It is critical to identify and understand one’s mindset because, in order to be successful, one must be self-aware of the mindset to which they subscribe. One who employs the Growth Mindset believes that life requires continuous learning, and that failure is a critical and necessary component of that learning and selfdevelopment. It is the deep belief that mastery, talent, and ability is developed over time through perseverance, grit, and hard work.


Interestingly, evidence shows that it is possible to shift from a fixed mindset to growth mindset. Microsoft is a good example of what happens to an organisation when it adopts an altered mindset. Microsoft has reworked on its culture by adopting a Growth Mindset. Satya Nadella has popularised the concept of Growth Mindset when he took over as the CEO in 2014. Microsoft had come up with a framework to implement and practice this organisationally, and the culture was changed from “know-it-all” to “learnit-all”. In fact, it got reflected in the mission statement of Microsoft, “to empower every person and every organisation in the planet to achieve more.”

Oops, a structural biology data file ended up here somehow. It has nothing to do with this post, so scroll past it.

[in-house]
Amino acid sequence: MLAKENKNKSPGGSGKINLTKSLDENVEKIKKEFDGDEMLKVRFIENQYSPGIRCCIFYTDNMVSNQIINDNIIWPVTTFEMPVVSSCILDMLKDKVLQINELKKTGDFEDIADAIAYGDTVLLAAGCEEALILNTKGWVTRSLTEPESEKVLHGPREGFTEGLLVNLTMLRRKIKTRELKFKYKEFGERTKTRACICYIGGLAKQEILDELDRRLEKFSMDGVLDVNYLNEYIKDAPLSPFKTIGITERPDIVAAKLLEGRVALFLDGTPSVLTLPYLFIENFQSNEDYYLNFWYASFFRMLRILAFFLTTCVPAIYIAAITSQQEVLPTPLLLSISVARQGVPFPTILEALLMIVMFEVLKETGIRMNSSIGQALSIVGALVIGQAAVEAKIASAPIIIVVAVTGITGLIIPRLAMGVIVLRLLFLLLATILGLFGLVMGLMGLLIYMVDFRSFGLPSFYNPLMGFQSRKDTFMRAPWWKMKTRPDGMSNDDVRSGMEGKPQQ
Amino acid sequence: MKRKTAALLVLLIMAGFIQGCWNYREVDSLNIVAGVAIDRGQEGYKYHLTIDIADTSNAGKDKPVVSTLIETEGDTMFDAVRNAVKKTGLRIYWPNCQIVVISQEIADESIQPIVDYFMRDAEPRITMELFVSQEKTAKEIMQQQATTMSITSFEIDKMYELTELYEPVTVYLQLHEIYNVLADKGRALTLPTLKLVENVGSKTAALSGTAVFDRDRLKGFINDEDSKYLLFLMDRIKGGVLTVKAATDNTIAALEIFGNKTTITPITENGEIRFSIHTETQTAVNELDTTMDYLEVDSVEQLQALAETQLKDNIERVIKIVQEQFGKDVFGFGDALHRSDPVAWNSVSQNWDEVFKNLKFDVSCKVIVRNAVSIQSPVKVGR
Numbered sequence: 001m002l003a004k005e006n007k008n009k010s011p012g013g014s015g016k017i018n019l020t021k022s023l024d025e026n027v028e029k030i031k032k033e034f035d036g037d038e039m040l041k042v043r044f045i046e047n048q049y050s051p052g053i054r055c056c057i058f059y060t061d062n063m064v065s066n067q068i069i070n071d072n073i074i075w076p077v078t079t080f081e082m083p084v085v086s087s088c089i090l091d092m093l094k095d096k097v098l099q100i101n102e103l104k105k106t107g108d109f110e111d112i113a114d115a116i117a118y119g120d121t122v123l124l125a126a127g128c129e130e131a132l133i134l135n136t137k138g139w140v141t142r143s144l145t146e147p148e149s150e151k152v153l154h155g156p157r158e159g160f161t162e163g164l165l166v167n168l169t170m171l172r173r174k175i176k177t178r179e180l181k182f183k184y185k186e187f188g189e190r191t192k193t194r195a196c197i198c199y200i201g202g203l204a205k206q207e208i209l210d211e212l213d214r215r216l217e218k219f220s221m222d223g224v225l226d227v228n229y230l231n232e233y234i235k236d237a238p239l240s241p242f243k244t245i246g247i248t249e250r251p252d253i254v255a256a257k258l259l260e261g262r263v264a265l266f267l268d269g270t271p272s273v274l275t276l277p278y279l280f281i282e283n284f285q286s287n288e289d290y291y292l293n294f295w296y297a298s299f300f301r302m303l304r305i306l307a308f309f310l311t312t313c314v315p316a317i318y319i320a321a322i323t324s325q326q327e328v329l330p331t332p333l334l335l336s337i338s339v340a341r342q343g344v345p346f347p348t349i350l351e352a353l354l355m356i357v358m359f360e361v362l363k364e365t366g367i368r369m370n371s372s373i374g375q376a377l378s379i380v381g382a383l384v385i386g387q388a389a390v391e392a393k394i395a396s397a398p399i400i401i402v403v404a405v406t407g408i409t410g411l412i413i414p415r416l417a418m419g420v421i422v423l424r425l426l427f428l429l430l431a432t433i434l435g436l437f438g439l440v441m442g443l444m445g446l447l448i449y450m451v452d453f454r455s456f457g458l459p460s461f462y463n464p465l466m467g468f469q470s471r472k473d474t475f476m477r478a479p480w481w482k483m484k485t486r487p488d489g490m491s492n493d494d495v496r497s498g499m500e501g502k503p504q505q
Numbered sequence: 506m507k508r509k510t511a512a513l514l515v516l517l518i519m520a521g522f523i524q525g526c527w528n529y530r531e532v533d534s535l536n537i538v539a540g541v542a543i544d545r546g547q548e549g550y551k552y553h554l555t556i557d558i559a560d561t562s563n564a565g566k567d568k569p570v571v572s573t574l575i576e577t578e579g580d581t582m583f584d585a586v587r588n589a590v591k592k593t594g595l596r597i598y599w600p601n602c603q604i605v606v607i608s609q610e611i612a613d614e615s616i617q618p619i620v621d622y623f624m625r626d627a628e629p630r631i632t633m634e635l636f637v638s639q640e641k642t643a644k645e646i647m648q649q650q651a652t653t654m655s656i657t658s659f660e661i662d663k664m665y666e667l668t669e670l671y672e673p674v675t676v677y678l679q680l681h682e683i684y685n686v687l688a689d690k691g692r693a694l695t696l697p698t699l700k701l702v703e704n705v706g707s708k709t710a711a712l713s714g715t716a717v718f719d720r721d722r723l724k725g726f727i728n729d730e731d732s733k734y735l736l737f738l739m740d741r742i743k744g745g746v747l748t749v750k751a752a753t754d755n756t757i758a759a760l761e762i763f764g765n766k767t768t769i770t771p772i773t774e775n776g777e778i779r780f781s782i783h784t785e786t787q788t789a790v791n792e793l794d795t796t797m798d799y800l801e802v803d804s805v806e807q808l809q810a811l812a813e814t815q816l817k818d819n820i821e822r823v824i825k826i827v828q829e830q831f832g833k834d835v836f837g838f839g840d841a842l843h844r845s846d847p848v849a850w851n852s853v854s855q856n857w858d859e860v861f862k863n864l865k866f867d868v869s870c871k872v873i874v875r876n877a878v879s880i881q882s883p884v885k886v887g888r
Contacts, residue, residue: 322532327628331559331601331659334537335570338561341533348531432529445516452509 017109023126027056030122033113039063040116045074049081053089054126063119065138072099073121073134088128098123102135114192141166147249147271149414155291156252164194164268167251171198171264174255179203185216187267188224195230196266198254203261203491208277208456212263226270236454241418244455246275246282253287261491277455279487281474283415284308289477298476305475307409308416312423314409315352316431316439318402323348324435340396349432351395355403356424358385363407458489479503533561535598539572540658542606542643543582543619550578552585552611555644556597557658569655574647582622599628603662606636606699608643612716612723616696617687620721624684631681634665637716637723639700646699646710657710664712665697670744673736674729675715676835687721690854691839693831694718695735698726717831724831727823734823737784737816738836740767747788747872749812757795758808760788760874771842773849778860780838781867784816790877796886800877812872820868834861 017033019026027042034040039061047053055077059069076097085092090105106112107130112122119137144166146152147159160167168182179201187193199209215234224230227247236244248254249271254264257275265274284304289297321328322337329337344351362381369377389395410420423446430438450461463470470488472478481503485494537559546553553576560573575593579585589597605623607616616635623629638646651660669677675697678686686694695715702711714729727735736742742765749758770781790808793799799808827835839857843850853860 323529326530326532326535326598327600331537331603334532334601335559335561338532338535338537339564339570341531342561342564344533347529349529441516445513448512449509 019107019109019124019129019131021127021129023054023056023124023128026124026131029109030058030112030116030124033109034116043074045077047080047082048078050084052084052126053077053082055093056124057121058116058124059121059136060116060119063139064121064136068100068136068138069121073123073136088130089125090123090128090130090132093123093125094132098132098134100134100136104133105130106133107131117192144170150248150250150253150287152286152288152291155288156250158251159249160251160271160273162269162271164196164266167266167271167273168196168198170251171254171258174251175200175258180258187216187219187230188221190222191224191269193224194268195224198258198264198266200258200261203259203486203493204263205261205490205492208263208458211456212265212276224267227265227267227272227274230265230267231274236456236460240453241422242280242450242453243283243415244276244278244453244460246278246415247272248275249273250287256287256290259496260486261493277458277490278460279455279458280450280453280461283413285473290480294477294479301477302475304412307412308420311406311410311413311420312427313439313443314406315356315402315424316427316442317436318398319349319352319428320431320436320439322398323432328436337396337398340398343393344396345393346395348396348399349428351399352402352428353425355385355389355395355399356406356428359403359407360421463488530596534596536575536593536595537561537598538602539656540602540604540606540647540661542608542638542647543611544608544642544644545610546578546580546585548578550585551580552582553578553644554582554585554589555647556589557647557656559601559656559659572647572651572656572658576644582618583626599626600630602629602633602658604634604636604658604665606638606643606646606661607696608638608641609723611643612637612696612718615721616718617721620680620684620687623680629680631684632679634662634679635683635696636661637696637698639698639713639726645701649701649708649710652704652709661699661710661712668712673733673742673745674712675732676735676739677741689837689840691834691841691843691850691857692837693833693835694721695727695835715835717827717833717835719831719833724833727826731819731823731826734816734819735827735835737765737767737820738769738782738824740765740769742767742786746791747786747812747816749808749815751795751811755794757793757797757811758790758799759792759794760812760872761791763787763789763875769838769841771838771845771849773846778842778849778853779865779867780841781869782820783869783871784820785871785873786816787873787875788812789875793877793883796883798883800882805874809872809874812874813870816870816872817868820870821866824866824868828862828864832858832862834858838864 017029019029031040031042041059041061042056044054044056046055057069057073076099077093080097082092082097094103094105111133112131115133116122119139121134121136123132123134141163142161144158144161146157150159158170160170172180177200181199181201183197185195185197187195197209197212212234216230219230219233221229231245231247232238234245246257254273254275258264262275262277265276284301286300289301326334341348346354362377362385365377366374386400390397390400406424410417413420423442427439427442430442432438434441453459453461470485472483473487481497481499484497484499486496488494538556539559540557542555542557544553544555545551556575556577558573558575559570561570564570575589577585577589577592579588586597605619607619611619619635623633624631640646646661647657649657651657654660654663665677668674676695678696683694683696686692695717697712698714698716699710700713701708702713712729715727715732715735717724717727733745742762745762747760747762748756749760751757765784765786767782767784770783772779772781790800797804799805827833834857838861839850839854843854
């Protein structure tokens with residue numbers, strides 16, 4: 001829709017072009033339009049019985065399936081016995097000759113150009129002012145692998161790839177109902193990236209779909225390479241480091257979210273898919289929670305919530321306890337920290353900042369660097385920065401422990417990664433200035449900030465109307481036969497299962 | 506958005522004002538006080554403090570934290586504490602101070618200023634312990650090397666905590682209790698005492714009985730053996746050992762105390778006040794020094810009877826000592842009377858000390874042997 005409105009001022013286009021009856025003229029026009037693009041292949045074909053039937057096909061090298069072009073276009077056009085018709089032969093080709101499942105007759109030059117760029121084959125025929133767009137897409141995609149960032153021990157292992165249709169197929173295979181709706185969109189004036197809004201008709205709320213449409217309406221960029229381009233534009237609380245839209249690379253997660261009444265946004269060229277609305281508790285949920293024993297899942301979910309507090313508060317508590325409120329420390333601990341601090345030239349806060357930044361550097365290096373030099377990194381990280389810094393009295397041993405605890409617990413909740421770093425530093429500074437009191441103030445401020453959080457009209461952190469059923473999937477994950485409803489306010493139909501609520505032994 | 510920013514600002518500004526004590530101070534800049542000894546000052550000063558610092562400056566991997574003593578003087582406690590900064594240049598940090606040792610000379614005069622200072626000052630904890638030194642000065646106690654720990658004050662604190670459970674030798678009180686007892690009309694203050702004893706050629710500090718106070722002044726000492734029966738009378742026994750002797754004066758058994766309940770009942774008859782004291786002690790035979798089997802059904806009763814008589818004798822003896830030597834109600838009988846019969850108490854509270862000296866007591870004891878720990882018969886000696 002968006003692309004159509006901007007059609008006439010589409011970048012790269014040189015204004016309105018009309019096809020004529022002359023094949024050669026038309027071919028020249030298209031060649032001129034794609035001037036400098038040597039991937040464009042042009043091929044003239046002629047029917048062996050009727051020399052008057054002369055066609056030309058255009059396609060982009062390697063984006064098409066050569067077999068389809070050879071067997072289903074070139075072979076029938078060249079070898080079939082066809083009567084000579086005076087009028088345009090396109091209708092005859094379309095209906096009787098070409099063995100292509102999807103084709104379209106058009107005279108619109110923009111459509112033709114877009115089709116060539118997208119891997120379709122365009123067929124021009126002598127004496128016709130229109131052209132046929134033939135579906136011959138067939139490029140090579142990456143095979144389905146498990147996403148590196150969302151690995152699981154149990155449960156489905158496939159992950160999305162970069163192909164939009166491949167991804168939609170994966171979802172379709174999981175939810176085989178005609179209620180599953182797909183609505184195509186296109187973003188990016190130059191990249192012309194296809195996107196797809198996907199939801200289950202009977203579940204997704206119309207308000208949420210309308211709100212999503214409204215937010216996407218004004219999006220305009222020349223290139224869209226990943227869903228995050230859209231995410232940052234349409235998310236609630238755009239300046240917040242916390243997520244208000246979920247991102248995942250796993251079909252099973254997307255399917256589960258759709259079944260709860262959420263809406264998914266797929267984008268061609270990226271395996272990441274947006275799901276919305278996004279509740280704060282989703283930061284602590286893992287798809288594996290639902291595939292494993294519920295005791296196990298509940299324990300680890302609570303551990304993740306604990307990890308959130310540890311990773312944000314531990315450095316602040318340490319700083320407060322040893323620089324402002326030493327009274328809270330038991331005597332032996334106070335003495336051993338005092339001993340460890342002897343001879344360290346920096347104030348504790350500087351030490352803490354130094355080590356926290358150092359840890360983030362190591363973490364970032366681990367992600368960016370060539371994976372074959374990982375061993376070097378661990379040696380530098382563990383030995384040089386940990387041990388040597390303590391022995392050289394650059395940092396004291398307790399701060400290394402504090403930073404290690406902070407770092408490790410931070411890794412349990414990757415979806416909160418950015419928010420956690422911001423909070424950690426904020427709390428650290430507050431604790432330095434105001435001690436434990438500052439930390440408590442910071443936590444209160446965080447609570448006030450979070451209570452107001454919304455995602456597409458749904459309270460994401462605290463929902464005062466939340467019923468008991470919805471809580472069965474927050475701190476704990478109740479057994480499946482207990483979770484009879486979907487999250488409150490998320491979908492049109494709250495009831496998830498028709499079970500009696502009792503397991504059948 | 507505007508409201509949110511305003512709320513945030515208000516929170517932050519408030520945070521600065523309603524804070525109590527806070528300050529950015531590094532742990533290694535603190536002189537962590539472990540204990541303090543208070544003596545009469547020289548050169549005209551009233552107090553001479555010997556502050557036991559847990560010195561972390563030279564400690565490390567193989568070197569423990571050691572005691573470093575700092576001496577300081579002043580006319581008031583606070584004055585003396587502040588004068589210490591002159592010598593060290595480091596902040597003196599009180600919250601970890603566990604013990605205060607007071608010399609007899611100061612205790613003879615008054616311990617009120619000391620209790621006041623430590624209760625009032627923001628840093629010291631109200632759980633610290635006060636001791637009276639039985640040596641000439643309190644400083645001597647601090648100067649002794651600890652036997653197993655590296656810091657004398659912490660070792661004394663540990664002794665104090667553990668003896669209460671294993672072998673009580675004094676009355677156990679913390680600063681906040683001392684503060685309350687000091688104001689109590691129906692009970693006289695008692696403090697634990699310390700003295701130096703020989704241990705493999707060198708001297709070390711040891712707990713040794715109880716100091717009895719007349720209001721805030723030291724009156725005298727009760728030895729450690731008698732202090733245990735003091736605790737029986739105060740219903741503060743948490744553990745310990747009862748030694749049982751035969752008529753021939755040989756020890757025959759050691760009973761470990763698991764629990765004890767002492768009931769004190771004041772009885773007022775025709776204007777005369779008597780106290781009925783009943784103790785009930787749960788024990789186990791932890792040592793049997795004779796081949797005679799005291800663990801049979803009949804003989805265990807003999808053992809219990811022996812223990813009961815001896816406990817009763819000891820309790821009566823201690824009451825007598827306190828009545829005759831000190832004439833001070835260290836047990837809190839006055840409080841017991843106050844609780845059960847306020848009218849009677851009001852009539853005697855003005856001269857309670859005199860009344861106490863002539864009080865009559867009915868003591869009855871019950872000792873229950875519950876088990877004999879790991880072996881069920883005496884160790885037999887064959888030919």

The key learnings


What can other organisations learn from this especially in challenging times due to the pandemic? When the entire company embraces a growth mindset, their employees report a feeling that is far more empowered and committed, and experience a greater advantage in the event of stressful situations. By seeing the world through the lens of growth enables in steering away thoughts from the negative focus back to the positive. They also received far greater organisational support for collaboration and innovation. In contrast, people at primarily fixed-mindset companies focus more on looking smart report more of only one thing; cheating and deception among employees, presumably to gain an advantage in the talent race.


Growth Mindset is a useful and handy framework that organisations can use in the current times. Instead of stressing over problems, employees can use growth mindset to see opportunities for improvement. While there will be stressful situations, growth mindset will make employees feel empowered to respond in a positive and constructive manner.